On a weekly basis, I usually get contacted by 20 to 30 private equity firms. They all say the same thing: “Whaddya got?” In the M&A world, buyers far outnumber sellers. Demand outstrips supply. Finding a buyer is very easy. More accurately, finding a buyer interested in doing a deal is easy. You know what is difficult? Closing a deal that makes sense for the seller.
Let’s examine some common M&A misconceptions and compare and contrast them with what is actually important.
Misconception: Knowing a Lot of Buyers Is Important
While knowing a lot of buyers is not a negative by any measure, it isn’t as important as you might think. What does “knowing a lot of buyers” mean? Does that mean the investment banker is personal friends with all these buyers, attending social functions, backyard barbecues, holidays and dinner parties? If that’s the case, then whose interests would be represented? The new acquaintance (the client) or the cadre of old pals?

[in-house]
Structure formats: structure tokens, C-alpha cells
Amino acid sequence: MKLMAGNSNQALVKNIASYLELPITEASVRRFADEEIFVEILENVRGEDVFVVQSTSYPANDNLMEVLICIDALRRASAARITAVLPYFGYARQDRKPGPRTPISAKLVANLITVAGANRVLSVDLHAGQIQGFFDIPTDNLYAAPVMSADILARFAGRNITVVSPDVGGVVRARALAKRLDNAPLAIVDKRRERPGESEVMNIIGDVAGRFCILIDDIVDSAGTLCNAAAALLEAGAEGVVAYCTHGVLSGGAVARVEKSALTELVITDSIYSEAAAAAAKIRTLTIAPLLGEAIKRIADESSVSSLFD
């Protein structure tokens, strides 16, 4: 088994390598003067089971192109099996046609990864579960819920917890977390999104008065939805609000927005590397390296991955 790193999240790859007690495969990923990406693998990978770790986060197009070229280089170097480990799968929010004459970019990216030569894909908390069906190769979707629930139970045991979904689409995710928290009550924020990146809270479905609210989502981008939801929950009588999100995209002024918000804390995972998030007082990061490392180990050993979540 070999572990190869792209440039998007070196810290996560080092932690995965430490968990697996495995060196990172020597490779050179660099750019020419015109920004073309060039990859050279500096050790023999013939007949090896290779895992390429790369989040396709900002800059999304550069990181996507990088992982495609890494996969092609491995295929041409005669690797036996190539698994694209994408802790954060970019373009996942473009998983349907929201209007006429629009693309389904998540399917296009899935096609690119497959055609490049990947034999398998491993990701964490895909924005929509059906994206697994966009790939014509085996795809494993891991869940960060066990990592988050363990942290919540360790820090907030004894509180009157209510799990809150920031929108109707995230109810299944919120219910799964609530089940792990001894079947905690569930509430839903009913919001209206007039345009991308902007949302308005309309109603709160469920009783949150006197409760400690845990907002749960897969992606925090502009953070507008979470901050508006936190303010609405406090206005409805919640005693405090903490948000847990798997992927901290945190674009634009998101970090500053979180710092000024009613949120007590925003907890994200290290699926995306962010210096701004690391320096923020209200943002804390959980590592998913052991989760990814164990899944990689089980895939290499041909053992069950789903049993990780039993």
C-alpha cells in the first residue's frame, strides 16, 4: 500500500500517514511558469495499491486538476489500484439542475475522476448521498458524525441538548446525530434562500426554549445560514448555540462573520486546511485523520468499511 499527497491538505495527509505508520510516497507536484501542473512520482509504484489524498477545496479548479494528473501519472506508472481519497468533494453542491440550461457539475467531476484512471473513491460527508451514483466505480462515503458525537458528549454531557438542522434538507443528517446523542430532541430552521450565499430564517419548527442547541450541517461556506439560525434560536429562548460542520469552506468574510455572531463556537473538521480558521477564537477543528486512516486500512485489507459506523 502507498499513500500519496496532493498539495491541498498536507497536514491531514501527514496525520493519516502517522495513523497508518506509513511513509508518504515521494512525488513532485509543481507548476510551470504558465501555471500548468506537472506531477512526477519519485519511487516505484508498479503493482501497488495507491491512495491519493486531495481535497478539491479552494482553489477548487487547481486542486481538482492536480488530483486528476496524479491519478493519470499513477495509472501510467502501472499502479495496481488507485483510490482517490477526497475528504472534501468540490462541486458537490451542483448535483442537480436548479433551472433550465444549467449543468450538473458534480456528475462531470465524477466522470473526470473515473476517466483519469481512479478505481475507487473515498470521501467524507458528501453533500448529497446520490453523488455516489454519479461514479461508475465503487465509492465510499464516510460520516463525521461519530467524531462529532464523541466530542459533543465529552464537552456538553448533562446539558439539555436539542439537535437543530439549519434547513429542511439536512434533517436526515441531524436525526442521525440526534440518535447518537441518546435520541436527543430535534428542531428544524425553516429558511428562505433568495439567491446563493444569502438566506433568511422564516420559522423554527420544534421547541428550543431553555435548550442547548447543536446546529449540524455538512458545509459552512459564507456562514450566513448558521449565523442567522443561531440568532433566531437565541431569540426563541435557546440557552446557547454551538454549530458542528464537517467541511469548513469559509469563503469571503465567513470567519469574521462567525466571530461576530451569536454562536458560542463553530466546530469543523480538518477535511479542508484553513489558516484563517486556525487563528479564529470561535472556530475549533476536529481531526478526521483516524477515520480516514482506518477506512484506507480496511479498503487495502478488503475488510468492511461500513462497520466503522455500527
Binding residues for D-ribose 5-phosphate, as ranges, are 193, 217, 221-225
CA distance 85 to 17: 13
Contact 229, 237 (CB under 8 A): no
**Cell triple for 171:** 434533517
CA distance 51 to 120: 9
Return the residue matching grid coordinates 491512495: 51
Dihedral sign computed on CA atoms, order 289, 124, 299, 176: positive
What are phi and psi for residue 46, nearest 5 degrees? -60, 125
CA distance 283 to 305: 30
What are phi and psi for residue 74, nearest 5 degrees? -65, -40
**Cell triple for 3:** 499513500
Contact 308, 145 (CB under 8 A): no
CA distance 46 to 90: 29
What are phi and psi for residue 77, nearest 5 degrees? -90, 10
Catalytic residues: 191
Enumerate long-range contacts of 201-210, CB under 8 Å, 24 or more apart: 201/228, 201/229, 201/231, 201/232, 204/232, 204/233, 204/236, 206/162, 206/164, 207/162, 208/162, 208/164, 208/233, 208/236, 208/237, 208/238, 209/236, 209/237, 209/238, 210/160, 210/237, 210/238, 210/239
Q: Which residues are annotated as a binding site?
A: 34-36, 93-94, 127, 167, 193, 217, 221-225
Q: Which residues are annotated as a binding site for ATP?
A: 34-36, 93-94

Perhaps “knowing a lot of buyers” means spending copious amounts of time researching and studying dozens of industries and hundreds, perhaps thousands of companies? Perhaps the investment banker also spends large amounts of time on the phone discussing their strategies? While these are not negatives by any stretch, this is not realistic for a simple reason: The day (or week or year) does not contain enough time to effectively stay in detailed communication with dozens or hundreds of companies.
A person, or a team of people, can effectively “stay in touch” with only a small handful of companies. What value is gained by working with an investment banker who only works with a small number of potential buyers? Why limit yourself?